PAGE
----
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'Neglected Infections Of Poverty' In United States Disable Hundreds Of Thousands Of Americans Annually

Date:
June 25, 2008
Source:
Public Library of Science
Summary:
A new analysis highlights that diseases very similar to those plaguing Africa, Asia, and Latin America are also occurring frequently among the poorest people in the United States, especially women and children. These diseases -- the "neglected infections of poverty" -- are caused by chronic and debilitating parasitic, bacterial, and congenital infections.

An analysis published June 25th in the open-access journal PLoS Neglected Tropical Diseases highlights that diseases very similar to those plaguing Africa, Asia, and Latin America are also occurring frequently among the poorest people in the United States, especially women and children. These diseases -- the "neglected infections of poverty" -- are caused by chronic and debilitating parasitic, bacterial, and congenital infections.

While most Americans have never heard of neglected tropical diseases (NTDs), the analysis estimates that these infections occur in hundreds of thousands of poor Americans concentrated primarily in the Mississippi Delta (including post-Katrina Louisiana), Appalachia, the Mexican borderlands, and inner cities. These diseases represent a major cause of chronic disability, impaired child development, and adverse pregnancy outcomes, yet many of them are preventable.

"The fact that these neglected infections of poverty represent some of the greatest health disparities in the United States, but they remain at the bottom of the public health agenda, is a national disgrace," says Peter J. Hotez , MD, PhD, author of the analysis and President of the Sabin Vaccine Institute, Executive Director of Global Network for Neglected Tropical Diseases, and Walter G. Ross Professor and Chair of the Microbiology, Immunology, and Tropical Medicine department at George Washington University.

Hotez notes that the common features of these neglected infections include their highly disproportionate health impact on minorities and people living in poverty; their chronic, largely insidious, and disabling features; and their ability to promote poverty because of their impact on child development, pregnancy outcome, and productive capacity. He calls upon policy makers to make these infections a priority on the public health agenda.

"Control of these neglected infections is both a highly cost-effective mechanism for lifting disadvantaged populations out of poverty and consistent with our shared American values of equity and equality," Hotez says. "We need a national dialogue about these very important, but neglected conditions that afflict the poorest people in the United States. Neglected infections of poverty are understudied and not well known even by physicians and public-health experts. This lack of understanding and knowledge points to the urgent need to increase surveillance for these infections; use cost-effective existing drug control and treatment efforts; implement newborn screenings; and develop new drugs, diagnostics, and vaccines for these infections."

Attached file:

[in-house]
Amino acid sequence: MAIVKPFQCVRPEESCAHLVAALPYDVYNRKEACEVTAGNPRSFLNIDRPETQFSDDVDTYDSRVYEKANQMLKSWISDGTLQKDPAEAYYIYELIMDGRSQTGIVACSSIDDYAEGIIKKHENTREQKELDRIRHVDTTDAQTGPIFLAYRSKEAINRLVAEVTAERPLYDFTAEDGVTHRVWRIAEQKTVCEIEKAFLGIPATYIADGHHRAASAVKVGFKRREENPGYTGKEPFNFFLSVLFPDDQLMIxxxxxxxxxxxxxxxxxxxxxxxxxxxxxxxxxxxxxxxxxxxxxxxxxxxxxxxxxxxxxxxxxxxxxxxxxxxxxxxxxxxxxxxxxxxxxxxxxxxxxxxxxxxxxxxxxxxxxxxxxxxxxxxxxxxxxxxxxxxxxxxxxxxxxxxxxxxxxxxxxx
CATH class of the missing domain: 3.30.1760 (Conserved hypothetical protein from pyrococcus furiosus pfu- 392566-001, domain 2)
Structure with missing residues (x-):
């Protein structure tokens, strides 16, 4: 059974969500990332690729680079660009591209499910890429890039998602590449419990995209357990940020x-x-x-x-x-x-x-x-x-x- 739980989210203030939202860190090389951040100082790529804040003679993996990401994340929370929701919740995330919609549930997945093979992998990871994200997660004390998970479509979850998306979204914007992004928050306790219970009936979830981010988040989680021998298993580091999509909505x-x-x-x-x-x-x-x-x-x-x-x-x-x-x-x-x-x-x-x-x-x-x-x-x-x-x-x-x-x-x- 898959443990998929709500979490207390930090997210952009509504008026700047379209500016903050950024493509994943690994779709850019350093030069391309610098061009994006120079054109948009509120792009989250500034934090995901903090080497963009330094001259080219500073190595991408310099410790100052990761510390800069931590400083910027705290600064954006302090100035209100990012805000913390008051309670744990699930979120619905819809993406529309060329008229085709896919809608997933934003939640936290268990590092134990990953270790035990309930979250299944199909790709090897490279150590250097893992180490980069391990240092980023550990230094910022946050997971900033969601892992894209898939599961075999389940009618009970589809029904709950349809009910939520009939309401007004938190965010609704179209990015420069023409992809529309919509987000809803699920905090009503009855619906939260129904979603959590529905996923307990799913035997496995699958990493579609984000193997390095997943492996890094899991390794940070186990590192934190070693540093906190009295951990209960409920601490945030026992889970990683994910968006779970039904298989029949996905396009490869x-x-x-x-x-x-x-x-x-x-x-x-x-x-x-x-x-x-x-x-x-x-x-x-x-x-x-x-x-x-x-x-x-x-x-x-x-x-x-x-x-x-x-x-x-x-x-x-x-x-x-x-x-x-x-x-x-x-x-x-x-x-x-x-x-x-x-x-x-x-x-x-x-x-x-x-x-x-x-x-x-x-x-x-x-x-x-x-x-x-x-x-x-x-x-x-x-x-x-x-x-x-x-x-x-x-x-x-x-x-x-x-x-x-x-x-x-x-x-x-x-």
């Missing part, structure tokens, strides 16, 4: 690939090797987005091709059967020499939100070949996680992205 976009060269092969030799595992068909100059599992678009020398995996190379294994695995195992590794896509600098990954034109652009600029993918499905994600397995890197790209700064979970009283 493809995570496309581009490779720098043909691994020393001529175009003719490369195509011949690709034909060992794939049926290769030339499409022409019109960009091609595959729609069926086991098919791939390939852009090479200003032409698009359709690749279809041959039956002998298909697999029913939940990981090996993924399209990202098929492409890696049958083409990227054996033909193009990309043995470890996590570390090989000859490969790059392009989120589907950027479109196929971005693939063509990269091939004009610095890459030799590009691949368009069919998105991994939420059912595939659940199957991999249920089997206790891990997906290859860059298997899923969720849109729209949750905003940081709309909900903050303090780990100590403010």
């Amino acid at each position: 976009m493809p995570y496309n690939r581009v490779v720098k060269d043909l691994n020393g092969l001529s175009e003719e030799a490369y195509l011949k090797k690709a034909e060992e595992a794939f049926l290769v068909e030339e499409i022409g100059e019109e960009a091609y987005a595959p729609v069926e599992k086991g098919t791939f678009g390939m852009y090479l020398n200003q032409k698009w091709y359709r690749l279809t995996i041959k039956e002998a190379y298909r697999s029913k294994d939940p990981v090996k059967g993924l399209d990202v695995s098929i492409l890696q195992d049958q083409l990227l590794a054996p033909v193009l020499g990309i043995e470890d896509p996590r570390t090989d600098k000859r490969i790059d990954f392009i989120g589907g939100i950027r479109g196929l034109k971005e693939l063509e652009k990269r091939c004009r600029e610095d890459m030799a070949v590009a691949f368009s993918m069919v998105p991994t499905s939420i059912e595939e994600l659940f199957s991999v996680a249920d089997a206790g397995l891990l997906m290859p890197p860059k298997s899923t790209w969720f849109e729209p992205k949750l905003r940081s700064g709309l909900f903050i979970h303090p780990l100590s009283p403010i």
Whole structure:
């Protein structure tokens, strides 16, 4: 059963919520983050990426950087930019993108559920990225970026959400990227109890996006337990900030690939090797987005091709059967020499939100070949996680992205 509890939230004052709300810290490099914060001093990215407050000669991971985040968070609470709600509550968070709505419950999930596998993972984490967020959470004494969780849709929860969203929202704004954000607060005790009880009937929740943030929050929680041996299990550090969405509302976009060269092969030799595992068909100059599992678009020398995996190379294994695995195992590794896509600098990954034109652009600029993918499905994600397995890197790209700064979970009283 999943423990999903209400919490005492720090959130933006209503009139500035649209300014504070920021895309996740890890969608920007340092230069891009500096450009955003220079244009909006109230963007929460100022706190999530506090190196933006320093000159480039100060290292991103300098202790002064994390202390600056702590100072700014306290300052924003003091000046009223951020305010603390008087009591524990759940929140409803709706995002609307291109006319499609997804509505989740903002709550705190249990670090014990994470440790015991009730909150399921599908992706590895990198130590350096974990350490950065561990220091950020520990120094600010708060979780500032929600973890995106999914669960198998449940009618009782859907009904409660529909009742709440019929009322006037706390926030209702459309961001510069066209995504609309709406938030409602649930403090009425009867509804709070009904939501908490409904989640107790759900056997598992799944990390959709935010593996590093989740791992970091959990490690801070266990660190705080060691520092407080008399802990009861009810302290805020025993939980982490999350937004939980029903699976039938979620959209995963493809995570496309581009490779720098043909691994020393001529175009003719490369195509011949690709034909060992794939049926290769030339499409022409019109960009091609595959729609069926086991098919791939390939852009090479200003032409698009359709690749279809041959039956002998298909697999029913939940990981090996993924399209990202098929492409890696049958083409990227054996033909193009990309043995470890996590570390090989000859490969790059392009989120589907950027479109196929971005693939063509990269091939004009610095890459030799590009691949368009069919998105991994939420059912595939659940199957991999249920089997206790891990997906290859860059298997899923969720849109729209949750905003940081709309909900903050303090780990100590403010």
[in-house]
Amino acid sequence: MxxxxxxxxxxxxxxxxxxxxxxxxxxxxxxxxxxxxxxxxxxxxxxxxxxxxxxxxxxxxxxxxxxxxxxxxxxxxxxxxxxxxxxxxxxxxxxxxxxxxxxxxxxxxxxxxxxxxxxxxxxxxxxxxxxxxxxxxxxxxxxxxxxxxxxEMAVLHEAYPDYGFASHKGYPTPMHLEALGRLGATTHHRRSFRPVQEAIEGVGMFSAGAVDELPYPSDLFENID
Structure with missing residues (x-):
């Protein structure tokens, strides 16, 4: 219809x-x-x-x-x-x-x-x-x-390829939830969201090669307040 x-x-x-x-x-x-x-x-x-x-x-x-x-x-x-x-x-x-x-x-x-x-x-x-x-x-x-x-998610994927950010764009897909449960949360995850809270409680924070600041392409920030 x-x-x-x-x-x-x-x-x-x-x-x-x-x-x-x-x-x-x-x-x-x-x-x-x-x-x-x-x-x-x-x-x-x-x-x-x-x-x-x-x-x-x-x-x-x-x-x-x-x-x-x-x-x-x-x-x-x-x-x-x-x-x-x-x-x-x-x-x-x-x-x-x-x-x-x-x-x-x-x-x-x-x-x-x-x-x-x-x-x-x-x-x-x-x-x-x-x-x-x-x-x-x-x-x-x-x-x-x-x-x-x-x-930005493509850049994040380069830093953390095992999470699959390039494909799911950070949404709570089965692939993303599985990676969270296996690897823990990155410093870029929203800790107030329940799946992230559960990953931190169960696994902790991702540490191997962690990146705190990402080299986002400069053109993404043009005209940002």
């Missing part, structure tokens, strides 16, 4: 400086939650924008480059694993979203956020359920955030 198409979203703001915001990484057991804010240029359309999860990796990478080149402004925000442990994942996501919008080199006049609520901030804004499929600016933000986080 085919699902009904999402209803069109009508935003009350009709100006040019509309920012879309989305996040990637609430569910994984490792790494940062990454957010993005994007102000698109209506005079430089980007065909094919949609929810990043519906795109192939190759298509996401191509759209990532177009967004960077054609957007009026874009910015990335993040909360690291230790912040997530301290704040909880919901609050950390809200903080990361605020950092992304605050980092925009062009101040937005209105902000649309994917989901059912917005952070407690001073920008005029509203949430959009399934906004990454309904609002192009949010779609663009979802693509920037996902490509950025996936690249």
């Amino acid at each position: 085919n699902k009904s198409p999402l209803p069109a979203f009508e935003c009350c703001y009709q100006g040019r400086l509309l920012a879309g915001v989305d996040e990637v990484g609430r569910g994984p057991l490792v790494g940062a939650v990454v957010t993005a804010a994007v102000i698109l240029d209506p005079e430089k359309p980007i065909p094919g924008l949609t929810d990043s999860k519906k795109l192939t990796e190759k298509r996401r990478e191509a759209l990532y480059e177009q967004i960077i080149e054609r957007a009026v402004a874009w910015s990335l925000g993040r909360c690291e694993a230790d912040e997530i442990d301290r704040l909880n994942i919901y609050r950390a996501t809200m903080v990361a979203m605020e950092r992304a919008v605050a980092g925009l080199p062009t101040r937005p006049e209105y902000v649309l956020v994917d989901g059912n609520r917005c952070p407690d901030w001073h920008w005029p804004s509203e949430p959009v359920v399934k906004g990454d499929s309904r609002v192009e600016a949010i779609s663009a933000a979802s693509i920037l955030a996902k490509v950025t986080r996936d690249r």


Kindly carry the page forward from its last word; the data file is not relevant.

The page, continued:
Story Source:

The above story is based on materials provided by Public Library of Science. Note: Materials may be edited for content and length.


Journal Reference:

  1. Hotez PJ. Neglected Infections of Poverty in the United States of America. PLoS Negl Trop Dis, 2008; 2(6): e256 DOI: 10.1371/journal.pntd.0000256

Cite This Page:

Public Library of Science. "'Neglected Infections Of Poverty' In United States Disable Hundreds Of Thousands Of Americans Annually." ScienceDaily. ScienceDaily, 25 June 2008. <www.sciencedaily.com/releases/2008/06/080624110934.htm>.
Public Library of Science. (2008, June 25). 'Neglected Infections Of Poverty' In United States Disable Hundreds Of Thousands Of Americans Annually. ScienceDaily. Retrieved July 24, 2014 from www.sciencedaily.com/releases/2008/06/080624110934.htm
Public Library of Science. "'Neglected Infections Of Poverty' In United States Disable Hundreds Of Thousands Of Americans Annually." ScienceDaily. www.sciencedaily.com/releases/2008/06/080624110934.htm (accessed July 24, 2014).

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